career climb

The Tax Preparer Industry

There are several potential benefits to pursuing a career as a tax preparer, not the least of which is the ability to successfully prepare and file your own taxes. You’ll also have options for flexible scheduling, work-at-home opportunities, seasonal or yearly work, and livable wages.

The added bonus of choosing this profession is that knowledgeable and skilled tax preparers are in high demand. Whether you work with a firm or strike out on your own, you should never fall short of having as much work as you want.

Naturally, you’re bound to be busier at certain times of year (tax season), but with businesses requiring bookkeeping, quarterly estimated tax filings, and other services throughout the year, tax preparers that want to work year-round can certainly do so. Even better, it’s not a perishable skill, and you can take it with you should you move to another location.

The question, then, is how to get started. How can you become a tax preparer and what type of career trajectory awaits you? Here are a few things you should know if you want to get into the tax preparer industry.

Requirements

Although there are no specific post-secondary educational requirements for tax preparers, you should certainly get your high school diploma or GED, and your math abilities should be at least adequate. From there you can look into programs designed to teach you what you need to know to become a certified tax preparer.

This education will allow you to meet certain standards that make getting a job or starting your own business a lot easier. Some firms do not require you to have a certificate or license upon hire, although they will almost certainly train you and most require you to work toward certification. In order to prepare federal taxes, the IRS requires that you hold a Preparer Tax Identification Number (PTIN).

Choosing the Right Program

The main thing to remember when it comes to your education is that it is essential to find a tax school that is licensed and accredited. The good news for many prospective students is that National Tax Training School which is licensed and nationally accredited provides the opportunity to earn online certification in as little as 8-10 weeks.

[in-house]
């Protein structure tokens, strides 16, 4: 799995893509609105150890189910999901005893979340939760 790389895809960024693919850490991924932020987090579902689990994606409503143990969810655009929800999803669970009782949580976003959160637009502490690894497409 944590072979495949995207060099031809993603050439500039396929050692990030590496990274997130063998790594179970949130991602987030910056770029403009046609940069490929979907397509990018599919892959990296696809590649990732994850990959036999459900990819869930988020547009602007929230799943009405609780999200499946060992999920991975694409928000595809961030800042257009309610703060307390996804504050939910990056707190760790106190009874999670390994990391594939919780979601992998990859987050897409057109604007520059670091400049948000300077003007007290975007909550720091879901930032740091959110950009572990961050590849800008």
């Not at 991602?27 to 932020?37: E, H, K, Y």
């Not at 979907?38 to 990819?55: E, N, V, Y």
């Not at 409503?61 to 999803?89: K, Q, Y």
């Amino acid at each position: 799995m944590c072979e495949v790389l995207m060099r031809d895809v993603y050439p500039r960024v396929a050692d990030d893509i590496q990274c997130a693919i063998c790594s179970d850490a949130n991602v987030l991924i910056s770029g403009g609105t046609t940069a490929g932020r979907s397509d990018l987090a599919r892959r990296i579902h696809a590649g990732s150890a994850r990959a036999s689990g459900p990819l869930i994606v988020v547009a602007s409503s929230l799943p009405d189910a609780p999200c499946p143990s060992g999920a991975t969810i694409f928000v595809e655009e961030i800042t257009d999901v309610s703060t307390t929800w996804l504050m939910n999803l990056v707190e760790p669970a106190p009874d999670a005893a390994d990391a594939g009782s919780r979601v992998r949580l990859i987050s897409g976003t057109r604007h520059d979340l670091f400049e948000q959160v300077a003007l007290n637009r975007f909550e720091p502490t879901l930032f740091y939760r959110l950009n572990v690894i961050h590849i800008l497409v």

Finding an Employer

As a certified tax preparer, you will have the opportunity to work for any number of businesses that specialize in filing taxes for individuals or business entities, or that offer the service as one of a number of different customer services. You could end up working for a tax prep company, an accounting firm or independent CPA, or even a law firm.

Some of these jobs are likely to be seasonal or provide only part-time work, while others may offer you the opportunity to work year-round, depending on the clientele and your level of ability (as well as your desire to work). The Bureau of Labor Statistics (BLS) reports that jobs for tax preparers and accountants are on the rise, and this is likely due to the complex and fluid nature of tax law. In other words, you should have little trouble finding employment opportunities as a certified tax preparer.

Working for Yourself

Many people are interested in the prospect of entering the tax prep industry as a means of attaining a flexible employment schedule and/or working from home. Becoming a tax preparer offers many opportunities that aren’t available in other fields, especially in finance.

As a certified tax preparation specialist, you can certainly choose to work for yourself, work from home, and build up your own clientele. You can decide how much or how little you want to work. This is an ideal situation for stay-home parents looking to bring in a secondary income, students seeking a side job while they’re in school, workers who want to supplement another income, or anyone who wants to be their own boss, really.

Becoming a tax preparer allows you the freedom to make decisions about where you work and how much you work. Of course, if you’re going to work from home you must exhibit a certain level of determination, as well as an ability to effectively manage your time, if you want to earn a living.

Tax Prep as a Supplemental Income

Not everyone interested in a career in tax preparation is looking for full-time work, and there are definitely ways to create a part-time schedule. If, for example, you’re interested in seasonal work, the months of January through April might demand a lot of work hours, but provide the supplemental income that sustains you throughout the rest of the year.

You could also find ways to work part-time by taking on just a few clients that provide you with ongoing work. Either way, you can easily earn the supplemental income you prefer.

Further Career Aspirations

Some people are so happy with the pay and flexibility offered by a professional career as a tax preparer that it becomes their long-term career. However, tax preparation can also be an excellent stepping stone to other careers in finance.

Not only does an understanding of taxation and the tax ramifications of financial and business decisions make you invaluable to any company that might hire you for other purposes, but the knowledge and skills you develop as a tax preparer can also segue nicely into a variety of professions, whether you go on to become a CPA, financial planner, estate planner, or other professional. Even an MBA grad with a background in tax preparation is more valuable than the average job candidate.

Becoming a tax preparer does nothing less than open doors, now and in the future. You may plan to become a tax preparer as a way to supplement another job or earn a secondary income for your household while raising a family, but if you decide to do more later on, you’ll already have a strong foundation in place on which to base other career aspirations.